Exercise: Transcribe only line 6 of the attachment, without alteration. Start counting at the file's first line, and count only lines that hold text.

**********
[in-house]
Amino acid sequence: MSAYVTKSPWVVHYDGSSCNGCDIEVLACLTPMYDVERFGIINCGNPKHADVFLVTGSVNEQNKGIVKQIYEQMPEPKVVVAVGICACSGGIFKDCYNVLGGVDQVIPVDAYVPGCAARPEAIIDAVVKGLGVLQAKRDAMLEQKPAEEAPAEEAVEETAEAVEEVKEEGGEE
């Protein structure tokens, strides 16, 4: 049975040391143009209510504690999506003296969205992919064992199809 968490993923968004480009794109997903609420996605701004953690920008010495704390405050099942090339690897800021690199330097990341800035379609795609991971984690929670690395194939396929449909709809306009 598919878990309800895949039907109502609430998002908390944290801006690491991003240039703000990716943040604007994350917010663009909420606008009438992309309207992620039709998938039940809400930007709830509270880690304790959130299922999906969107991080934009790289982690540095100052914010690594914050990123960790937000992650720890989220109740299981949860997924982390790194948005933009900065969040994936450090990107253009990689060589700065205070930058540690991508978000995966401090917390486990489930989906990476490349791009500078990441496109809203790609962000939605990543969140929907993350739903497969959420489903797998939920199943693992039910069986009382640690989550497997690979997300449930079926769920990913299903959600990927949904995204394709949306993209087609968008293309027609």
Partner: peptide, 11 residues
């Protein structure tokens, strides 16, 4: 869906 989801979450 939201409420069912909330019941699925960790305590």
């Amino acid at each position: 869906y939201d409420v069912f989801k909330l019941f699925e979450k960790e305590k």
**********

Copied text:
């Amino acid at each position: 869906y939201d409420v069912f989801k909330l019941f699925e979450k960790e305590k």